How To Be A Woman by Caitlin Moran came to my attention through a recent piece in the New York Times Magazine that quoted her on breasts: “It doesn’t matter if your breasts sag because the only people likely to see them are going to approach them in an attitude of immense gratefulness, i.e., hungry children and men who are about to get laid.”
Since I’ve just recently been bra-shopping, she had me at “It doesn’t matter.”
I had to put down the magazine and run to add the book to my library queue. Now, I can hardly put the book down. Why? Because Moran so wonderfully, cattily, with loving self-deprecation and witty force, reclaims the phrase ‘strident feminist’ that you’d be crazy not to want to be one.
She attacks every angle of her coming of age with raging humor, throwing exclamation points like Amazonian spears. Sample chapter titles:
- I Start Bleeding!
- I Become Furry!
- I Am a Feminist!
- I Need a Bra!
- I Go Lap-dancing!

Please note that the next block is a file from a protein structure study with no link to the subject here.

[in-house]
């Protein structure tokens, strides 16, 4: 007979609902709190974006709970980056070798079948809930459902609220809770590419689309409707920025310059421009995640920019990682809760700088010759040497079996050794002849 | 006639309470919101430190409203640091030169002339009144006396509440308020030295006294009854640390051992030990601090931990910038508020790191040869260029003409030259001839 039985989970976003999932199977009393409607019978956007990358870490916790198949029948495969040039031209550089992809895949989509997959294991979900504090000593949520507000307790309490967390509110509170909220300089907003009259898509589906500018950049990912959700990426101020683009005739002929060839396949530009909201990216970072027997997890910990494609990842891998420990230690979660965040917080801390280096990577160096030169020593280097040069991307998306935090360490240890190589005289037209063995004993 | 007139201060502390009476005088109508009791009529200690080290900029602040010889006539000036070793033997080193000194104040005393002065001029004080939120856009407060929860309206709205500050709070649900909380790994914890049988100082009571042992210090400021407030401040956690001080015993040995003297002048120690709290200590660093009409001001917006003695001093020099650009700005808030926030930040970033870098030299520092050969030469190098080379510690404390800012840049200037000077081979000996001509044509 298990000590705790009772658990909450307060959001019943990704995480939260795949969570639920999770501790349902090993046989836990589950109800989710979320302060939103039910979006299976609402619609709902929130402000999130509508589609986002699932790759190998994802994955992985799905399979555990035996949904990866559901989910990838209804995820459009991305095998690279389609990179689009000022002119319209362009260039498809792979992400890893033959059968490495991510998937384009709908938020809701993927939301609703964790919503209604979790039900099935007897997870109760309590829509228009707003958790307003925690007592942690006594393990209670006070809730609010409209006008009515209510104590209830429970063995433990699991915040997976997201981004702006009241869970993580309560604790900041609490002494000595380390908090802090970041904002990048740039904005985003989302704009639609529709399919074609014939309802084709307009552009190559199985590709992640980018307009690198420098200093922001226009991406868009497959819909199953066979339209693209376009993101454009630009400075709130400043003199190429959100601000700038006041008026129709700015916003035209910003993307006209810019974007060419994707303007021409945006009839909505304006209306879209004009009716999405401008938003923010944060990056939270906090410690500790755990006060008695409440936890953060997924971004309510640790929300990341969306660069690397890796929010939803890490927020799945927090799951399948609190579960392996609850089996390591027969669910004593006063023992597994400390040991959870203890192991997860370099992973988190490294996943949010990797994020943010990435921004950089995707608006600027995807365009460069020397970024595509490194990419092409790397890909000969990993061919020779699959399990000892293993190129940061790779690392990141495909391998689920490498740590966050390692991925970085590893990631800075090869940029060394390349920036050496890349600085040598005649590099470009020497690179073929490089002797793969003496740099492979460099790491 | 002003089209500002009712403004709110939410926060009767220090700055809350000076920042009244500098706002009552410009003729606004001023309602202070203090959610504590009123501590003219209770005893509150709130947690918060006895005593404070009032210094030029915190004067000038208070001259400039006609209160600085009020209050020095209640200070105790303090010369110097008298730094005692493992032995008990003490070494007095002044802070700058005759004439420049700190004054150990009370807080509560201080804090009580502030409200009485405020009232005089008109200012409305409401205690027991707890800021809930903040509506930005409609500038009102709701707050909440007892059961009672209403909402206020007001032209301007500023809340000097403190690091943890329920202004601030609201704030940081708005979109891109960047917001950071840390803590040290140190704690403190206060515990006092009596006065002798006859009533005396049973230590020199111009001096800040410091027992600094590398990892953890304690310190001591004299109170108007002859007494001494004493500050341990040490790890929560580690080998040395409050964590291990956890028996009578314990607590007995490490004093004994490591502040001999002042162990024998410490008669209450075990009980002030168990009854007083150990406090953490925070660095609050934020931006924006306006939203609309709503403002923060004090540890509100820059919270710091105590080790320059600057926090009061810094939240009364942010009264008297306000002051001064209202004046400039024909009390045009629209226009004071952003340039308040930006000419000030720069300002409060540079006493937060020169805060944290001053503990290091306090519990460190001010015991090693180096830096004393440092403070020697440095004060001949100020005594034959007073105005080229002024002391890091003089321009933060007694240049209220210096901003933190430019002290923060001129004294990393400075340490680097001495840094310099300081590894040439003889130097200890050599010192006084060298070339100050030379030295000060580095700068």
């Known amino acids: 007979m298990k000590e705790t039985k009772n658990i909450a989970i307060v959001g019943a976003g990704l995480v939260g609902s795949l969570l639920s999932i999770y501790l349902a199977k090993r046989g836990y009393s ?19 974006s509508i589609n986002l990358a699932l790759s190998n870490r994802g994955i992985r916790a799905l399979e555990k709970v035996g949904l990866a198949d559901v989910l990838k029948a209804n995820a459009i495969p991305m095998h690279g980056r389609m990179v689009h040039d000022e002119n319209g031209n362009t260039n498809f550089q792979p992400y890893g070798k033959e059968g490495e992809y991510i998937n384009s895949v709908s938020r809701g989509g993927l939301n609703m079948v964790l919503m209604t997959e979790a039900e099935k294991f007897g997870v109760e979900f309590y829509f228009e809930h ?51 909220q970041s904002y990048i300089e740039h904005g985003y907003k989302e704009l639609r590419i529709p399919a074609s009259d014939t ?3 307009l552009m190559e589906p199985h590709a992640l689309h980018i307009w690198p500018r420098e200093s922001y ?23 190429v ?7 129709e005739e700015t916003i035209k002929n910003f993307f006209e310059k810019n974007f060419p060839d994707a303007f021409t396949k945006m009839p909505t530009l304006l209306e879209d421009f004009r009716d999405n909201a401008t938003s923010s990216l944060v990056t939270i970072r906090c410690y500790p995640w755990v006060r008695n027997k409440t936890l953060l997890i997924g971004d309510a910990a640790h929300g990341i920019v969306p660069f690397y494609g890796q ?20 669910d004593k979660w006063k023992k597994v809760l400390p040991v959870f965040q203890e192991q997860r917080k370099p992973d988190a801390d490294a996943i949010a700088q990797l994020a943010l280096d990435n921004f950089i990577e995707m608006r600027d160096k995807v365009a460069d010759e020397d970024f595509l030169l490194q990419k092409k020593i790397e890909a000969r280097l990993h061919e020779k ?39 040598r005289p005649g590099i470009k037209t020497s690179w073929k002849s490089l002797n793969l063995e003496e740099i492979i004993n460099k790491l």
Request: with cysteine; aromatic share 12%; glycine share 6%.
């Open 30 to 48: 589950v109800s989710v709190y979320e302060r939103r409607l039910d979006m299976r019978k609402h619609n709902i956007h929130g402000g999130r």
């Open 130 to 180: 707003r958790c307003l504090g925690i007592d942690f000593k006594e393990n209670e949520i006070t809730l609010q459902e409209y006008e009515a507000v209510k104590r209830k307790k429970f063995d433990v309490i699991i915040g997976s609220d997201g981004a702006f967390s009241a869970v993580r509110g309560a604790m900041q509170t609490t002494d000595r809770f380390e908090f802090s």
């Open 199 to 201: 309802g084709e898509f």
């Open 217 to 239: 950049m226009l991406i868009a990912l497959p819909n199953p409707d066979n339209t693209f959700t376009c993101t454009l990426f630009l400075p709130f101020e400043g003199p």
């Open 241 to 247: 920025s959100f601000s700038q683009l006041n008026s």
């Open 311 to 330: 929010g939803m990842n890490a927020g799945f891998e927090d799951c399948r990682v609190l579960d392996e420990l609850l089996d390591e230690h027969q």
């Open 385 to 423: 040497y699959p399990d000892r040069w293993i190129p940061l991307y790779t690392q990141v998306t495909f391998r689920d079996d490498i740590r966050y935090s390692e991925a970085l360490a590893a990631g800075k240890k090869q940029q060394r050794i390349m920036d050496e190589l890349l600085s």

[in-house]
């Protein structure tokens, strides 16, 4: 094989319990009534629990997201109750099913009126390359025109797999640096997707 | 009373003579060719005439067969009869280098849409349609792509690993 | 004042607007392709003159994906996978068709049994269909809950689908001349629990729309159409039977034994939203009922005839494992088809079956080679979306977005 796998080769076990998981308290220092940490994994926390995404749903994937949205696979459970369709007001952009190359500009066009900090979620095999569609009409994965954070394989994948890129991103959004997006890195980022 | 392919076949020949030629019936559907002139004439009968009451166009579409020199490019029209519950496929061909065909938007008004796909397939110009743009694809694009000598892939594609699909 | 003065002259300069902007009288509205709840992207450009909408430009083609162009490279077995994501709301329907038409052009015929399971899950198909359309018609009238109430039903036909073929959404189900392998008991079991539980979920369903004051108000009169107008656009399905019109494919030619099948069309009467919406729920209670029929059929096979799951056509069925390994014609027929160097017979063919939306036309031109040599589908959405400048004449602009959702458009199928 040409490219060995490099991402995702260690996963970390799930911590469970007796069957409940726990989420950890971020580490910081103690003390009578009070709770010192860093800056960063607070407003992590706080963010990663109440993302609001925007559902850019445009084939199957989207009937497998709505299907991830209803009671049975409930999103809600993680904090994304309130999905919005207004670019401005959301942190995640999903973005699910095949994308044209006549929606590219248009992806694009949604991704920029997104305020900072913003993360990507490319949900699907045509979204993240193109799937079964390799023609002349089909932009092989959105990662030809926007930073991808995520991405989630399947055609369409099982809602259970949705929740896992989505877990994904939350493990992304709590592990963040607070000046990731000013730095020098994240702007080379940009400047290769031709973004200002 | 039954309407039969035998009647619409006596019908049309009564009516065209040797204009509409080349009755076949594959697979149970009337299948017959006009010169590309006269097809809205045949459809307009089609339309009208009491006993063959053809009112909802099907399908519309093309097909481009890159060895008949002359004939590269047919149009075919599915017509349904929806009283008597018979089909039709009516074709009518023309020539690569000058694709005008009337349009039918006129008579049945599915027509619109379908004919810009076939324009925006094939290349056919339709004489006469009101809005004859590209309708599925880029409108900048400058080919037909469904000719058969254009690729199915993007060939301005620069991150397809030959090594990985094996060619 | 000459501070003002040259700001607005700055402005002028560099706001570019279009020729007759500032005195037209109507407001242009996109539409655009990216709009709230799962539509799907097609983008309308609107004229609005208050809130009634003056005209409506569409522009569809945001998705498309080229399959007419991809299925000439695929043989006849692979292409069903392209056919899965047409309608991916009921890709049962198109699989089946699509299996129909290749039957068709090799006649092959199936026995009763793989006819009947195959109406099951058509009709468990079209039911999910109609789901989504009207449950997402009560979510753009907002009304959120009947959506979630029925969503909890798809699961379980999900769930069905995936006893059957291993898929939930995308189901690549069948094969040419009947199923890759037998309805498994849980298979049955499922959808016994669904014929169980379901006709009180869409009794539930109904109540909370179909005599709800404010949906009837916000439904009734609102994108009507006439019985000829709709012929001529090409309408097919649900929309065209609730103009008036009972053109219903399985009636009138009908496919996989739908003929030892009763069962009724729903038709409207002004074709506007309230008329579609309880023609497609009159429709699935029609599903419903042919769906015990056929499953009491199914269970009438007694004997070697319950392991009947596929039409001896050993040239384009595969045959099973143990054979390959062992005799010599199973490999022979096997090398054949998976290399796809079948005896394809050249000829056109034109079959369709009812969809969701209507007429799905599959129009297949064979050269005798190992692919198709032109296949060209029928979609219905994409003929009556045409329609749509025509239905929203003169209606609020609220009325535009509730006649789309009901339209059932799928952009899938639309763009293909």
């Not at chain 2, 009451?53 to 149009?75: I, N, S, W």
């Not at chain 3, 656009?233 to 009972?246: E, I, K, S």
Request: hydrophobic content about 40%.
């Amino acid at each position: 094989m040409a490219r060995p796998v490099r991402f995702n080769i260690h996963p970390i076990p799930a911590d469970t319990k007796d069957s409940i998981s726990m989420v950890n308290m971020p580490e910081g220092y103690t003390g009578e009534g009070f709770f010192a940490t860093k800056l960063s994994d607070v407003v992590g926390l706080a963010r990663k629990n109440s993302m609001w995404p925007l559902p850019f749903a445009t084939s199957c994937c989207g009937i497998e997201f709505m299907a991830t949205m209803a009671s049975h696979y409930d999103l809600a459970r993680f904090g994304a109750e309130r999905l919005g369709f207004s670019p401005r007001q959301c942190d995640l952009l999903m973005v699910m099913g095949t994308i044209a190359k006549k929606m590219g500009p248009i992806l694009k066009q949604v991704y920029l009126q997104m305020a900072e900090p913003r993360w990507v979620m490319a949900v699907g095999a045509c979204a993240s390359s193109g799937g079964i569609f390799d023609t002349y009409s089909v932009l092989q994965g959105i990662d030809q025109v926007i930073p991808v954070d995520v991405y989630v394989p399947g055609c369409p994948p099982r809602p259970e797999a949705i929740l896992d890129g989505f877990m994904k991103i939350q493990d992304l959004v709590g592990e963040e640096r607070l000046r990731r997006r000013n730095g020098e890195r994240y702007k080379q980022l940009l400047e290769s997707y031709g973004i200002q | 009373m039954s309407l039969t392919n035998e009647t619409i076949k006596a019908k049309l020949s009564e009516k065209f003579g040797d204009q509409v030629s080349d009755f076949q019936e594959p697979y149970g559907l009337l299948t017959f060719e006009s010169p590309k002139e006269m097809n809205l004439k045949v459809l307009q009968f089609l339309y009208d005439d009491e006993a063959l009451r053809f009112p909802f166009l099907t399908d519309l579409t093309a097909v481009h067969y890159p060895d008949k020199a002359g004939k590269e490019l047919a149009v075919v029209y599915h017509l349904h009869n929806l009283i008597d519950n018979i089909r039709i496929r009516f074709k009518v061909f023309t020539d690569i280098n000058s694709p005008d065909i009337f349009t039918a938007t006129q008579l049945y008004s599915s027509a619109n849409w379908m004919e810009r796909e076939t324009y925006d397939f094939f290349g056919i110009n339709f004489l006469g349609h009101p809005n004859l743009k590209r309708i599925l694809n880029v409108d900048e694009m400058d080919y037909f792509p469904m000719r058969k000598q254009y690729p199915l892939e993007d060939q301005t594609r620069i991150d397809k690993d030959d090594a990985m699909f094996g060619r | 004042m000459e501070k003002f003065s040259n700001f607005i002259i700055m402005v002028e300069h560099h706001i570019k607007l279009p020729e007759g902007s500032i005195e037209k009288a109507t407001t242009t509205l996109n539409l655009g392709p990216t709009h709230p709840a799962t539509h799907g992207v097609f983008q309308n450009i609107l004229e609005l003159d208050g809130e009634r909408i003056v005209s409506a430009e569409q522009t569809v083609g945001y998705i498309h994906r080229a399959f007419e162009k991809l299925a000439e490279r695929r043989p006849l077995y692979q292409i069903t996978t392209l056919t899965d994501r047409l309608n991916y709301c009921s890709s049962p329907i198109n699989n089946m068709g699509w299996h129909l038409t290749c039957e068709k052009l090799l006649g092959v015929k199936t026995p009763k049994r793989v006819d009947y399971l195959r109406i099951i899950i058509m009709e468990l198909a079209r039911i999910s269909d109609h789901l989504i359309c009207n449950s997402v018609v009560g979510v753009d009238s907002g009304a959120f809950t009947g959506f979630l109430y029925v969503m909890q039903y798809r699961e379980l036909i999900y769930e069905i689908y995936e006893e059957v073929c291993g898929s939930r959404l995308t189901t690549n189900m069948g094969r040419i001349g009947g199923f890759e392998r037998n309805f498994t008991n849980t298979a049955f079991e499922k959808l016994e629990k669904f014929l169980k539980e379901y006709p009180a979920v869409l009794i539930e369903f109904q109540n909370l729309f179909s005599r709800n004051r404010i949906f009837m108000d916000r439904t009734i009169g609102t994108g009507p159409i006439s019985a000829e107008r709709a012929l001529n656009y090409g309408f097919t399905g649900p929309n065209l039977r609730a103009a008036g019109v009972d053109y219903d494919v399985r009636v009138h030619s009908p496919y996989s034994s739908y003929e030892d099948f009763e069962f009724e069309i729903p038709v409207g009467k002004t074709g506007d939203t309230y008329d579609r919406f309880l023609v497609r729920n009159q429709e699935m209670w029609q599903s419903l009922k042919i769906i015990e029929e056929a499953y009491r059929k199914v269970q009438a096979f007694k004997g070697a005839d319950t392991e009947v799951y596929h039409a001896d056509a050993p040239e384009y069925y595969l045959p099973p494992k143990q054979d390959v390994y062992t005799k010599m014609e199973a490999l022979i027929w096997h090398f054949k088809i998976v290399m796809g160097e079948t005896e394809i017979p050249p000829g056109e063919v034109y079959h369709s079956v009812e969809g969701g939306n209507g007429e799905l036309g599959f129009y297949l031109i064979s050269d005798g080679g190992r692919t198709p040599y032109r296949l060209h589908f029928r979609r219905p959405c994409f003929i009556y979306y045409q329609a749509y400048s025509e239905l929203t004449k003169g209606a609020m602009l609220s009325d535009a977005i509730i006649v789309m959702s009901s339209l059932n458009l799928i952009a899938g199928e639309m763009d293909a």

Through it all runs her portrait of a family–large, working-class; a time–the 1980s-90s; and a place–Wolverhampton, Britain; which gives context to her struggle to figure out How To Be A Woman.
But best of all is her rant on porn. I want to stand in the street and read it aloud from atop my soapbox. It’s too long to quote here, (you go girl) but here’s the gist:
One kind of porn is is glaringly overavailable, while the kind we really need is rarely found.
Hit the Internet and you find a vast monoculture of screwing in which an unimaginative encounter between a recognizably human man and a highly stylized female creature ends with the man’s ejaculation in joyless messy close-up.
Take it away, Caitlin: “After the brief promise of the sexual revolution freeing up women’s sexual lexicon, it’s been closed right down again, into this narrow, uncomfortable, exploitative series of cartoons. It’s just…not very nice. Not polite. It’s harshing our mellow.”
The problem she identifies with all this? First: “In the 21st century, children and teenagers get the majority of their sex education from the Internet.” And from that follows: “The sexual imagery of your teenage years is the most potent you’ll ever have. It dictates desires for the rest of your life…. you want to make sure that whatever you’re thinking about in that [orgasmic] state, it has an element of…joy to it.”
Caitlin Moran wants your children to stumble on “free-range porn” — erotic imagery that shows sex as something two people do together, for mutual pleasure, and where there’s an orgasm for everyone at the end of it. In How To Be A Woman she nailed her thesis to the wall like Martin Luther.
I’m loving this book.